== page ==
Endothelial cell isolation and western blotting
Successful Nck2 recombination was confirmed by detection of NCK protein levels in extracts from lung endothelial cells isolated as previously described (10). Briefly, lung tissue from two mice per genotype (eNck2+ and eNck2-) was enzymatically digested and endothelial cells were enriched with anti-CD31 coated Dynabeads. A second enrichment with anti-CD102-coated Dynabeads was performed before culturing cells at 37C° on fibronectin-coated tissue culture dishes in EGM-2 media (Lonza Walkersville). Cells (passage two) were lysed in kinase lysis buffer and mixed with 5X SDS loading buffer. The mixtures were boiled at 95C for 5 min. Proteins were separated by 12% SDS-PAGE and transferred to a nitrocellulose membrane for western blotting using antibodies against CD144, NCK, and β-actin.
Blood serum assays
Mice were fasted for 16 h before blood sample collection via cardiac puncture into untreated tubes immediately following CO2 asphyxiation. Commercially available kits were used to determine serum levels of HDL fraction and total cholesterol (Invitrogen) and triglycerides (Invitrogen) following manufacturer's instructions.
To investigate atherosclerotic lesion properties, mice were perfused with ice cold DPBS followed by 10% non-buffered formalin (NBF) through the left ventricle. The heart, innominate artery, and thoracic aorta were collected and kept in 10% NBF at 4C° for 24 h. We chose to focus our analysis on the aortic root to detect incipient atherosclerotic lesions because lesion development tends to occur earlier at this site compared to other sites of the arterial tree (18). The innominate artery was the submerged in a 30% sucrose solution overnight at 4C before being mounted in OCT. Mounted tissues were cryosectioned into 5 um sections. Sections were stained with Picrosirius Red. The base of the heart was separated, and paraffin embedded 5 μm serial sections of the aortic root were collected for comparative analysis, as described previously (18). Slides were stained with H&E, Picrosirius Red, or used for fluorescence staining. Slides subjected to histologic staining were imaged in brightfield using an Olympus VS120 Virtual Slide Scanning System equipped with a U Plan S-Apo dry 10X objective. Fluorescence staining was performed using Isolectin-B4 and antibodies against ICAM-1, CD31, VCAM-1, Mac-2, and αSMA. Preparations subjected to fluorescence staining were imaged using an Olympus Fluoview FV3000 Confocal Laser Scanning Microscope equipped with a U Plan S-Apo dry10X objective.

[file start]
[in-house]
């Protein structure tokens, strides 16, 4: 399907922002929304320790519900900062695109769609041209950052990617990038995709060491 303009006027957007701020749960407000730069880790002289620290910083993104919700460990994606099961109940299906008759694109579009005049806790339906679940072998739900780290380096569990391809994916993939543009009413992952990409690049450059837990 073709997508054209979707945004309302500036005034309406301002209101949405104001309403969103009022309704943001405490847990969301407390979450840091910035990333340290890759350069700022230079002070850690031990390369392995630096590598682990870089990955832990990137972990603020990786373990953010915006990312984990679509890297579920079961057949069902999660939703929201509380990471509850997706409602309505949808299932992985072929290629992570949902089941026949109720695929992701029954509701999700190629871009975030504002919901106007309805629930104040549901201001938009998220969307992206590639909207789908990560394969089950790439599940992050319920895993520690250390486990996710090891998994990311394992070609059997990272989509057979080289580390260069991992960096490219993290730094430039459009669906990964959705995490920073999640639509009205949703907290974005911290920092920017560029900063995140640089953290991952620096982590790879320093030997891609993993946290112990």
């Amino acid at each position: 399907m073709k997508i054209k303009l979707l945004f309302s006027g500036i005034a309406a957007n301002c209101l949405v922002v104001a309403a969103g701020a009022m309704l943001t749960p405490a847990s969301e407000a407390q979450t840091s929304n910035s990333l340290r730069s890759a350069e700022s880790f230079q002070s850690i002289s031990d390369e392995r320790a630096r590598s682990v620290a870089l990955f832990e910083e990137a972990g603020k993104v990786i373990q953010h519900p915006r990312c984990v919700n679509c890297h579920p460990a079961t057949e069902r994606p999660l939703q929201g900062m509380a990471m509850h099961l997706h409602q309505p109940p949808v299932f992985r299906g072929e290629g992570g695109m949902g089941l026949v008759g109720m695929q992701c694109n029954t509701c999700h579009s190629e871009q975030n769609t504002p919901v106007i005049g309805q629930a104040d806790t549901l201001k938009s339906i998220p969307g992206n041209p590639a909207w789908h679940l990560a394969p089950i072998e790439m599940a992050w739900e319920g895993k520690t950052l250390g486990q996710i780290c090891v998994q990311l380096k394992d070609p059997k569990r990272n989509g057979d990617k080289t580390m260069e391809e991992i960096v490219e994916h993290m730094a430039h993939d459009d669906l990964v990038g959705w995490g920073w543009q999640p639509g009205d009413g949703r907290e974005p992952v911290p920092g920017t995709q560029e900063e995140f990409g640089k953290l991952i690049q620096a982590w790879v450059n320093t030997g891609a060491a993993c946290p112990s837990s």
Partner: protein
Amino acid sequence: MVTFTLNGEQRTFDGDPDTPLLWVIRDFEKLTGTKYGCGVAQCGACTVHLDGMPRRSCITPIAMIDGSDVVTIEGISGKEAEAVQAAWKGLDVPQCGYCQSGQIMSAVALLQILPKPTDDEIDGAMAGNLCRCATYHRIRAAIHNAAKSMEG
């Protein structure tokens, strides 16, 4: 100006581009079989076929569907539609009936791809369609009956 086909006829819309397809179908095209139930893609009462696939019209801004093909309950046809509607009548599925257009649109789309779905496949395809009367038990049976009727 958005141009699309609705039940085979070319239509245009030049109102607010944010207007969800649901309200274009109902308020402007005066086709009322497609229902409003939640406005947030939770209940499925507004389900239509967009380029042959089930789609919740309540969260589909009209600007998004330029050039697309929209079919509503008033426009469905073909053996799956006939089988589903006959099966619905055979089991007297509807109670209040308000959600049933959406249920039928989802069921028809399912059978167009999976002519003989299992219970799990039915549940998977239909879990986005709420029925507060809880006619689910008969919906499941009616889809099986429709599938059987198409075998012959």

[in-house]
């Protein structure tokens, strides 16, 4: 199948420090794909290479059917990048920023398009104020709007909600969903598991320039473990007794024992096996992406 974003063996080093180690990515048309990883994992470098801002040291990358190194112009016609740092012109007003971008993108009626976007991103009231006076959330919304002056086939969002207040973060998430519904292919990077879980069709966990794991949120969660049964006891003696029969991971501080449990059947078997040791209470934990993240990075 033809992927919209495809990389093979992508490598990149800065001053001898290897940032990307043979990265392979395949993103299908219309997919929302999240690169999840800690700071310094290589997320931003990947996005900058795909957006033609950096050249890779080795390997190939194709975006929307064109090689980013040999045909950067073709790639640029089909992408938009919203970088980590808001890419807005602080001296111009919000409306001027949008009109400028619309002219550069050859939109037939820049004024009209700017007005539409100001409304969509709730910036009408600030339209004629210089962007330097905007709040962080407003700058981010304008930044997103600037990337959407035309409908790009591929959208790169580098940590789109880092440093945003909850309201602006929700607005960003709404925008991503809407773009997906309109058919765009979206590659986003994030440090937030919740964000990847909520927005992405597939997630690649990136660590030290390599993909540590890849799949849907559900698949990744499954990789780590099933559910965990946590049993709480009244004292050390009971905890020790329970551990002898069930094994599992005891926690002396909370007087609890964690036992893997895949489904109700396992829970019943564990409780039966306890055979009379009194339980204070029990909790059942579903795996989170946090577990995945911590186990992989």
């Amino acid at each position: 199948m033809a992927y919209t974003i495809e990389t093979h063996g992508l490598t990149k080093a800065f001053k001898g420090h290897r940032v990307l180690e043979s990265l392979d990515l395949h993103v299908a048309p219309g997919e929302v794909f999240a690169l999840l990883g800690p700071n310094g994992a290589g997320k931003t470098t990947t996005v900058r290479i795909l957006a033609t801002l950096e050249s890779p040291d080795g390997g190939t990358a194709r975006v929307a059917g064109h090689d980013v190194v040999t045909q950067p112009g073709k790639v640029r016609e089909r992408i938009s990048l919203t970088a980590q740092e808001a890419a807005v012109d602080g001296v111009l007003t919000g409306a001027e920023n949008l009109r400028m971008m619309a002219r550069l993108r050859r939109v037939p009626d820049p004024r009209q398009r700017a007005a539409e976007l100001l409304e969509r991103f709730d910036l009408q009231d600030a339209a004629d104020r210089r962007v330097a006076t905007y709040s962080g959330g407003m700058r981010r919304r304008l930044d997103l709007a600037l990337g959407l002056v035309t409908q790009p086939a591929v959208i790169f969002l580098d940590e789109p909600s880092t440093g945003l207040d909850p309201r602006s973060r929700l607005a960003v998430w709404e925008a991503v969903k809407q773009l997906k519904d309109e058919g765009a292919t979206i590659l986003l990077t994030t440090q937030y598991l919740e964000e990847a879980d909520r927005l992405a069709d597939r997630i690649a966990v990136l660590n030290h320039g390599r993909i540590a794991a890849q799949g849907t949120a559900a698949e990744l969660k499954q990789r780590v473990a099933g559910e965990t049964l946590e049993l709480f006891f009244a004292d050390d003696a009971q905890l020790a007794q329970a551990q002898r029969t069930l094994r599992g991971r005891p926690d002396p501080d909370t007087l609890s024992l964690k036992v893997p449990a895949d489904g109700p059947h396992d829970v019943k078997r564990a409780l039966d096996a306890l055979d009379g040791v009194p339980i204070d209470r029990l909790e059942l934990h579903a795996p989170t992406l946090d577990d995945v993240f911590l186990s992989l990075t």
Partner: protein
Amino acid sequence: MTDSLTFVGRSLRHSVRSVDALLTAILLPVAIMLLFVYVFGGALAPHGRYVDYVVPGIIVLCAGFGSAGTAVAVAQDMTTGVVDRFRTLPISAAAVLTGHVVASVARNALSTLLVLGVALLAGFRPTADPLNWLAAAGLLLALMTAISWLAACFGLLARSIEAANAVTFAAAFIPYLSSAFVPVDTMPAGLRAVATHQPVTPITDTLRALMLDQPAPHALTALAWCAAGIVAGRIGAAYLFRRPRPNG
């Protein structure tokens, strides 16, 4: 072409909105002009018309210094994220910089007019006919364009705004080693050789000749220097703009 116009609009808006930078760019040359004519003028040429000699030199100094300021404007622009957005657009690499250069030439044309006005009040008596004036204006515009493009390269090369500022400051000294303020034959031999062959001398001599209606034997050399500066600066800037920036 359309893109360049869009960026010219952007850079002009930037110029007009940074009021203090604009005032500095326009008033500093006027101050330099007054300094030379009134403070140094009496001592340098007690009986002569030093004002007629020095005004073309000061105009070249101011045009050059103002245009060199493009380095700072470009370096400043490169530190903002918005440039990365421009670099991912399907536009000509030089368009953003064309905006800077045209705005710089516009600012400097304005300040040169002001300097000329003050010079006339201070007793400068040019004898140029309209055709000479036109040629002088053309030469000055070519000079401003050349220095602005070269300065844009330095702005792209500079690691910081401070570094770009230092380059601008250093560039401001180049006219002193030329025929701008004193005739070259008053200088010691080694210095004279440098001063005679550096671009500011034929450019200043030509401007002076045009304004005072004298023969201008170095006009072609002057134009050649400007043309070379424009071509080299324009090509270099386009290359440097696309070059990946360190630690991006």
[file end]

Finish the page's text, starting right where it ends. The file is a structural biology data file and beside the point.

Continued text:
Atherosclerotic lesion assessment
Aortas were cleaned of adventitial fat and stained with Oil Red O (Fisher). Vessels were then opened en face and imaged (3X) using a 16-megapixel LG camera. Analysis of en face images from aortas was performed using ImageJ software. Analysis of aortic root sections was completed using QuPath software. Samples that did not display all three leaflets of the aortic valve across three serial slides were excluded from analysis. Lesion area was determined by subtracting the area of the lumen from the area delimited by the internal elastic lamina. The sum of lesion area across serial sections with visible valve leaflets was calculated. All other quantifications were performed using a single representative slide containing four serial sections for each sample. For quantification of collagen, Picrosirius Red signal was detected using a standardized pixel classification thresholder. Medial area was calculated as the difference between the areas delimited by the internal and external elastic laminae. Lesions were classified according to established criteria (19). For fluorescence images, a pixel classifier thresholder was developed for each marker and applied to all corresponding samples. For samples stained for CD31 and ICAM-1 as well as VCAM-1 and Mac-2, the neointima was traced by hand using the internal elastic lamina as the outer bound.
Normal distribution assumptions were assessed using the Shapiro Test. Datasets that followed a normal distribution were subjected to two-way ANOVA followed by Tukey's multiple means comparison test. Datasets that did not follow a normal distribution were analyzed using Wilcoxon Rank Sum Test with Bonferroni correction. Differences were considered significant at p < 0.05. Statistical analysis and visualization were performed using R v4.0.5. Quantitative results are displayed using box plots, where the bottom and top horizontal lines in boxes indicate the 25th and 75th percentile, respectively, and the central line is the median. Whiskers extend 1.5 x the interquartile range and dots represent individual observations. Numbers of animals/group (n) are indicated in parentheses.
Endothelial NCK2 accelerates atherosclerosis progression in male mice